• Hiring Benchmarks - For the first time, the rules provide specific metrics to measure contractors’ progress in hiring veterans and disabled employees. The VEVRAA rule requires contractors to establish an annual hiring benchmark, either based on the national percentage of veterans in the workforce (currently 8 percent), or based on the best available data and factors unique to their businesses. The Section 503 rule establishes a 7 percent utilization goal for the employment of individuals with disabilities. These benchmarks are not quotas, so the failure to meet either goal will not result in a violation or an inference of discrimination. However, contractors who fail to meet the goal are expected to examine whether any impediments to equal opportunity exist and design and implement action-oriented programs to minimize identified impediments.
  • Additional Self-Identification Procedures - The new rules obligate contractors to invite job candidates to self-identify as disabled or as veterans both before and after the offer phase of the hiring process. Additionally, contractors must offer employees the opportunity to self-identify as disabled every five years. Both of these practices are intended to increase reporting. Contractors must maintain these self-identification forms in confidential data files, separate from employees’ personnel and medical files, so they can be easily provided to a compliance officer during an audit.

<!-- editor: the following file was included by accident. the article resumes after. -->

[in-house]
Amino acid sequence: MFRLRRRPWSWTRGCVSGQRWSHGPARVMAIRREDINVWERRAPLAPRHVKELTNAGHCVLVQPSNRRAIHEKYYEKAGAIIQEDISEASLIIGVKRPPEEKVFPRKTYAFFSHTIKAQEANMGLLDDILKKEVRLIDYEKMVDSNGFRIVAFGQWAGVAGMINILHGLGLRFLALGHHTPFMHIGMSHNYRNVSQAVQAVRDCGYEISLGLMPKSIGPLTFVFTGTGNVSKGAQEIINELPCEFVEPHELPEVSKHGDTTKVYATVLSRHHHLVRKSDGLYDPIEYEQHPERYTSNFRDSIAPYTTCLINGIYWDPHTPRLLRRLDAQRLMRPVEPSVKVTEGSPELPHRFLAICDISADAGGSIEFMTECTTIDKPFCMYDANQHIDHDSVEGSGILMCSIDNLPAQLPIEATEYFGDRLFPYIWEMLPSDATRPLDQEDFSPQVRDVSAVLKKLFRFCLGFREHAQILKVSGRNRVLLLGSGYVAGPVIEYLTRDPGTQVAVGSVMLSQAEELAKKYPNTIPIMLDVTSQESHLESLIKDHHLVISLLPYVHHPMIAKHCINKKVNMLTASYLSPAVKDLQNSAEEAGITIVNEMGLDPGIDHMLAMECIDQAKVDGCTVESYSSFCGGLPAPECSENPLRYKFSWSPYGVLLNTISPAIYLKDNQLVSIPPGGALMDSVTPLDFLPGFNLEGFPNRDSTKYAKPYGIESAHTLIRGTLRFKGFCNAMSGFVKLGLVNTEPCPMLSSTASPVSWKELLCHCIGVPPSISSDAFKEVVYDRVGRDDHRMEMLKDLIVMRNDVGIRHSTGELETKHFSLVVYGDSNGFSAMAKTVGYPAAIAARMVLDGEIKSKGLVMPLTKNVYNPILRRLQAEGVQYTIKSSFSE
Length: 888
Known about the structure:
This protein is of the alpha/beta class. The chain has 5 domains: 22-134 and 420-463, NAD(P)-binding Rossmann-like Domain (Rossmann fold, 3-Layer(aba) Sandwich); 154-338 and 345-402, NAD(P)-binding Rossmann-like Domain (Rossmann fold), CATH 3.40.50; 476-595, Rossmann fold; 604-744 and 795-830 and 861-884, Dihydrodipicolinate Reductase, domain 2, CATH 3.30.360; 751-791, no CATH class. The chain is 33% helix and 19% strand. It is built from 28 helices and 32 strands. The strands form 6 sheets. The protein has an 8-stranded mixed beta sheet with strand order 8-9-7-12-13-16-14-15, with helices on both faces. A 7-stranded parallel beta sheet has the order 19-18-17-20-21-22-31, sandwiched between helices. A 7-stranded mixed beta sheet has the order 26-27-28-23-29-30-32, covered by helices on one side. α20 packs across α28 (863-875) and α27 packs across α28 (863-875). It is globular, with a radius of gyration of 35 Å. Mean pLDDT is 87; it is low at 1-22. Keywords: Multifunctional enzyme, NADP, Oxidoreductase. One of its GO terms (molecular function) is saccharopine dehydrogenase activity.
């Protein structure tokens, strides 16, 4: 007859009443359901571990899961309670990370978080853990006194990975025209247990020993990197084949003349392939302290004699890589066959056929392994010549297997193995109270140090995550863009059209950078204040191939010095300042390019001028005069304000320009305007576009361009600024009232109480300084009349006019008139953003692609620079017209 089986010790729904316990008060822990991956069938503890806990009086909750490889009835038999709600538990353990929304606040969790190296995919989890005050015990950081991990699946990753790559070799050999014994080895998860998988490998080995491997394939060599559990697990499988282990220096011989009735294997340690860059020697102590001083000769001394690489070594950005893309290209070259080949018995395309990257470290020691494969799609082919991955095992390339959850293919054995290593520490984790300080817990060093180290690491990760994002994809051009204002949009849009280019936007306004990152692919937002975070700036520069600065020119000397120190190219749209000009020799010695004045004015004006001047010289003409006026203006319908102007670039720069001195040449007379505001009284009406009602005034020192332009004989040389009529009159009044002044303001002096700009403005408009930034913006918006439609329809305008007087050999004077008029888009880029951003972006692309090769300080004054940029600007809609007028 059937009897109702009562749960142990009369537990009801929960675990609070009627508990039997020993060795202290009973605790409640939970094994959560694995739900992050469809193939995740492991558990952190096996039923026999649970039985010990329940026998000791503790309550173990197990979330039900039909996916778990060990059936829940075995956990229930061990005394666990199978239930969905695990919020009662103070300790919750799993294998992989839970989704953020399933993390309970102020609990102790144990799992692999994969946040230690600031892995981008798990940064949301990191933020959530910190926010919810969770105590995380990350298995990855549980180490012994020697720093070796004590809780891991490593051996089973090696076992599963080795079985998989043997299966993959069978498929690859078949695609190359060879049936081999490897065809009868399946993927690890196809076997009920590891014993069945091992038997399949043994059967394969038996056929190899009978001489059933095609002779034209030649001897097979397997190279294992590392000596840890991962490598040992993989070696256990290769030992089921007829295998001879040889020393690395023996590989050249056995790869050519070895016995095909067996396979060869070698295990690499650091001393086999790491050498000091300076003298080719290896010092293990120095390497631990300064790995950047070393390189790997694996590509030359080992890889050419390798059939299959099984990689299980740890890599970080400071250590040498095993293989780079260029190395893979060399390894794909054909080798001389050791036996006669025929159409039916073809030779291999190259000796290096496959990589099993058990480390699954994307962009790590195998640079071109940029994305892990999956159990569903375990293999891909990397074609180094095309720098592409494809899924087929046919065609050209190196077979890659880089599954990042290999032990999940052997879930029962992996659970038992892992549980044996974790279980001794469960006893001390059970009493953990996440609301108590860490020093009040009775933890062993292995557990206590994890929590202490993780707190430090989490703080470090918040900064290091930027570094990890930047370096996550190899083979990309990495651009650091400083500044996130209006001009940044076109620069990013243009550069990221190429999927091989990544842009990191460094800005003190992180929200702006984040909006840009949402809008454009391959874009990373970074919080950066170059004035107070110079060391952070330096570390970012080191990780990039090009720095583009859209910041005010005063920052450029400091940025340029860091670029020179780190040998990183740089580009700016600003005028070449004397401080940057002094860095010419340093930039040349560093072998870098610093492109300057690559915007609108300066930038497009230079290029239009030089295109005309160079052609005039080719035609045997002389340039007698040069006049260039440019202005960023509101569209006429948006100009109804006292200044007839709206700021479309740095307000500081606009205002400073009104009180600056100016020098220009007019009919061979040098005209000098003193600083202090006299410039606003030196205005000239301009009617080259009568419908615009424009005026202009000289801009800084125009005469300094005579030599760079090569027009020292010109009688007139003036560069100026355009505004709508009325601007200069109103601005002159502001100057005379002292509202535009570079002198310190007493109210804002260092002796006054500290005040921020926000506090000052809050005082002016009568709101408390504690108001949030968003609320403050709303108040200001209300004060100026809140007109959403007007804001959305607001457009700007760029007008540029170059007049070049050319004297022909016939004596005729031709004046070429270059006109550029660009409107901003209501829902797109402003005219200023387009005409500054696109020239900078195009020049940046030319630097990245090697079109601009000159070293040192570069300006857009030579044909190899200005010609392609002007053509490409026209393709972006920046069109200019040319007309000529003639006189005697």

• Increased Data Collection Requirements - Contractors are required for the first time to document and update annually several quantitative comparisons analyzing the number of veterans and individuals with disabilities they hire. This data must be kept for at least three years. Contractors also must review their external outreach and recruiting efforts annually and, if necessary, identify ways to make their efforts more effective. These records are also required to be kept for three years.
  • Mandatory Inclusion of Equal Opportunity Clauses - Both new rules require that specific language be used when contractors incorporate equal opportunity clauses by reference in their contracts with subcontractors in order to alert subcontractors of their responsibility to comply with the new veteran and disability rules.

The final rules will be published shortly in the Federal Register and will take effect 180 days later. Although contractors do not have to comply with the new rules until the spring of 2014, contractors should start preparing now since the rules require substantial changes to, among other things, employment policies, data collection procedures, recordkeeping processes, and contract language. Additionally, managers and employees involved in recruiting and hiring need to be trained on compliance requirements, and extra personnel may be needed to take on the responsibility of ensuring compliance. In the words of the OFFCP, “being a federal contractor is a privilege,” and as contractors grappling with the increased burdens outlined in the updated FCCM and imposed by the new rules know, it comes at a price.

For more information, please contact the Haynes and Boone attorney with whom you work or any of the following attorneys in the firm's Labor and Employment Practice Group: